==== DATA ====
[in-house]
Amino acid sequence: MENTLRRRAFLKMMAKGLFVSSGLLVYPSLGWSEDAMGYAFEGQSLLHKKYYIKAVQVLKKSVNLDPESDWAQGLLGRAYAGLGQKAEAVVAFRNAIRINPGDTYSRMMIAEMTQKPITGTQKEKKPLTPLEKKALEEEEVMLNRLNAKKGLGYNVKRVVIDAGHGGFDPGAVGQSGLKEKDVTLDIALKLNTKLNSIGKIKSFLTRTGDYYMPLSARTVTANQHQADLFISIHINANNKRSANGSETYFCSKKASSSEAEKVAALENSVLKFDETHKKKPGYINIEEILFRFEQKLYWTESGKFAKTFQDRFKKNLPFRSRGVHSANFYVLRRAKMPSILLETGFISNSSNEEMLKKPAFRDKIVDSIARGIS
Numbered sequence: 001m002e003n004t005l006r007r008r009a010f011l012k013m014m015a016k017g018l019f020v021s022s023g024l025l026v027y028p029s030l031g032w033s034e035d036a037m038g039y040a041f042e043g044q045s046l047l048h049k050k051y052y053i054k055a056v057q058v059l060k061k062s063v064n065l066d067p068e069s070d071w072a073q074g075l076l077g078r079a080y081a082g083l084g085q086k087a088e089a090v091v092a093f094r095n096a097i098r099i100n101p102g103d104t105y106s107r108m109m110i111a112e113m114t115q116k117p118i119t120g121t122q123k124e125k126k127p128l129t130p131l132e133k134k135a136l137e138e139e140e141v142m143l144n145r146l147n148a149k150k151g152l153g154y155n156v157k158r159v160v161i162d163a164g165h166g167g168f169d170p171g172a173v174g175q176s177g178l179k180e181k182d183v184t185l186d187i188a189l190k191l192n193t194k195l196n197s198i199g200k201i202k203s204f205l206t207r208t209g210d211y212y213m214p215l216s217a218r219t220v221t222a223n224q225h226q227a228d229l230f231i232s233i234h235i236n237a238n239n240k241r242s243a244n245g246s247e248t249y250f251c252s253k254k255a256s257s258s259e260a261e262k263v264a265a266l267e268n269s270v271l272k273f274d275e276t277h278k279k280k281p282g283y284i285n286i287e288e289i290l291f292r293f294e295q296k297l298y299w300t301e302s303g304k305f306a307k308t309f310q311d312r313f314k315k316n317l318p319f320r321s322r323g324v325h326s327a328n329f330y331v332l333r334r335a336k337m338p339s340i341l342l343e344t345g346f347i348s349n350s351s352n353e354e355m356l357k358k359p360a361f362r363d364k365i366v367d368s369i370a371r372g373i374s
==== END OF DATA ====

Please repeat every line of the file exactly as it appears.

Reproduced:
[in-house]
Amino acid sequence: MENTLRRRAFLKMMAKGLFVSSGLLVYPSLGWSEDAMGYAFEGQSLLHKKYYIKAVQVLKKSVNLDPESDWAQGLLGRAYAGLGQKAEAVVAFRNAIRINPGDTYSRMMIAEMTQKPITGTQKEKKPLTPLEKKALEEEEVMLNRLNAKKGLGYNVKRVVIDAGHGGFDPGAVGQSGLKEKDVTLDIALKLNTKLNSIGKIKSFLTRTGDYYMPLSARTVTANQHQADLFISIHINANNKRSANGSETYFCSKKASSSEAEKVAALENSVLKFDETHKKKPGYINIEEILFRFEQKLYWTESGKFAKTFQDRFKKNLPFRSRGVHSANFYVLRRAKMPSILLETGFISNSSNEEMLKKPAFRDKIVDSIARGIS
Numbered sequence: 001m002e003n004t005l006r007r008r009a010f011l012k013m014m015a016k017g018l019f020v021s022s023g024l025l026v027y028p029s030l031g032w033s034e035d036a037m038g039y040a041f042e043g044q045s046l047l048h049k050k051y052y053i054k055a056v057q058v059l060k061k062s063v064n065l066d067p068e069s070d071w072a073q074g075l076l077g078r079a080y081a082g083l084g085q086k087a088e089a090v091v092a093f094r095n096a097i098r099i100n101p102g103d104t105y106s107r108m109m110i111a112e113m114t115q116k117p118i119t120g121t122q123k124e125k126k127p128l129t130p131l132e133k134k135a136l137e138e139e140e141v142m143l144n145r146l147n148a149k150k151g152l153g154y155n156v157k158r159v160v161i162d163a164g165h166g167g168f169d170p171g172a173v174g175q176s177g178l179k180e181k182d183v184t185l186d187i188a189l190k191l192n193t194k195l196n197s198i199g200k201i202k203s204f205l206t207r208t209g210d211y212y213m214p215l216s217a218r219t220v221t222a223n224q225h226q227a228d229l230f231i232s233i234h235i236n237a238n239n240k241r242s243a244n245g246s247e248t249y250f251c252s253k254k255a256s257s258s259e260a261e262k263v264a265a266l267e268n269s270v271l272k273f274d275e276t277h278k279k280k281p282g283y284i285n286i287e288e289i290l291f292r293f294e295q296k297l298y299w300t301e302s303g304k305f306a307k308t309f310q311d312r313f314k315k316n317l318p319f320r321s322r323g324v325h326s327a328n329f330y331v332l333r334r335a336k337m338p339s340i341l342l343e344t345g346f347i348s349n350s351s352n353e354e355m356l357k358k359p360a361f362r363d364k365i366v367d368s369i370a371r372g373i374s